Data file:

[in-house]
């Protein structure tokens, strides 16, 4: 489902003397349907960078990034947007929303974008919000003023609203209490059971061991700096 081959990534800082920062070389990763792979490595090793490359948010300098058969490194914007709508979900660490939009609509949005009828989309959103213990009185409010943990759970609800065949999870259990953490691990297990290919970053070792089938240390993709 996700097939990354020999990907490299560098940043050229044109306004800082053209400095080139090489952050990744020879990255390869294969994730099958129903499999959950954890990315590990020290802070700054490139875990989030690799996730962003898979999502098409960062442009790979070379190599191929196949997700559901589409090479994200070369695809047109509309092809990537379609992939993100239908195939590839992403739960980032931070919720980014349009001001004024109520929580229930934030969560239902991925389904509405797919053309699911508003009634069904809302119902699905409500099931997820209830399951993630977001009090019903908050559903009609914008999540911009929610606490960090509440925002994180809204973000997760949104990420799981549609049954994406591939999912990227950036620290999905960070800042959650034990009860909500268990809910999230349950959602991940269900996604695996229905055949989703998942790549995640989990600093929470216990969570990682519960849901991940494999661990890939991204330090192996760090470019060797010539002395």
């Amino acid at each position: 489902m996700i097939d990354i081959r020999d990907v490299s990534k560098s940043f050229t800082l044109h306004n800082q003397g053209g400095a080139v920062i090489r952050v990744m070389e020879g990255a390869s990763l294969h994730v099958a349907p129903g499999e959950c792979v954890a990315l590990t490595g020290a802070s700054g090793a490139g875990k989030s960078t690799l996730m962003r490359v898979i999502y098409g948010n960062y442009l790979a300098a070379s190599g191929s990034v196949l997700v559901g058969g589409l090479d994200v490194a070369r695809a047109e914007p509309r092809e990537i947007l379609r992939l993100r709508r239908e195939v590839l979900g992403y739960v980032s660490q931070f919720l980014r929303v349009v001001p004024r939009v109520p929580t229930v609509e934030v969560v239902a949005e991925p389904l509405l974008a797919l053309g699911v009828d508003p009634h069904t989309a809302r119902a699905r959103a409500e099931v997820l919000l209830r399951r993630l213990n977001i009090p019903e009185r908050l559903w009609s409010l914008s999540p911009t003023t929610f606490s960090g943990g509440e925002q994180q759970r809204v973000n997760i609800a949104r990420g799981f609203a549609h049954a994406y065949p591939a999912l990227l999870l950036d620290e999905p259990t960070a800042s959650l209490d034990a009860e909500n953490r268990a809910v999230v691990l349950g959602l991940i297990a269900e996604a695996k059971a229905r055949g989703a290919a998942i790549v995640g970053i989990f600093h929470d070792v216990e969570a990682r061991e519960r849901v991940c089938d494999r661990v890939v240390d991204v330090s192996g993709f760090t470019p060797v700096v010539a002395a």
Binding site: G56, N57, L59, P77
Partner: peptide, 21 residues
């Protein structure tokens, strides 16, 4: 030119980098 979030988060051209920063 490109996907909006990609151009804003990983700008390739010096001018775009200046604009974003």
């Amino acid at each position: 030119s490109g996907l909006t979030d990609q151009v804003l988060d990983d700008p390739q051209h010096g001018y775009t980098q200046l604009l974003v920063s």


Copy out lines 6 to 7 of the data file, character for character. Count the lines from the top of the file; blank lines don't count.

């Protein structure tokens, strides 16, 4: 030119980098 979030988060051209920063 490109996907909006990609151009804003990983700008390739010096001018775009200046604009974003």
């Amino acid at each position: 030119s490109g996907l909006t979030d990609q151009v804003l988060d990983d700008p390739q051209h010096g001018y775009t980098q200046l604009l974003v920063s």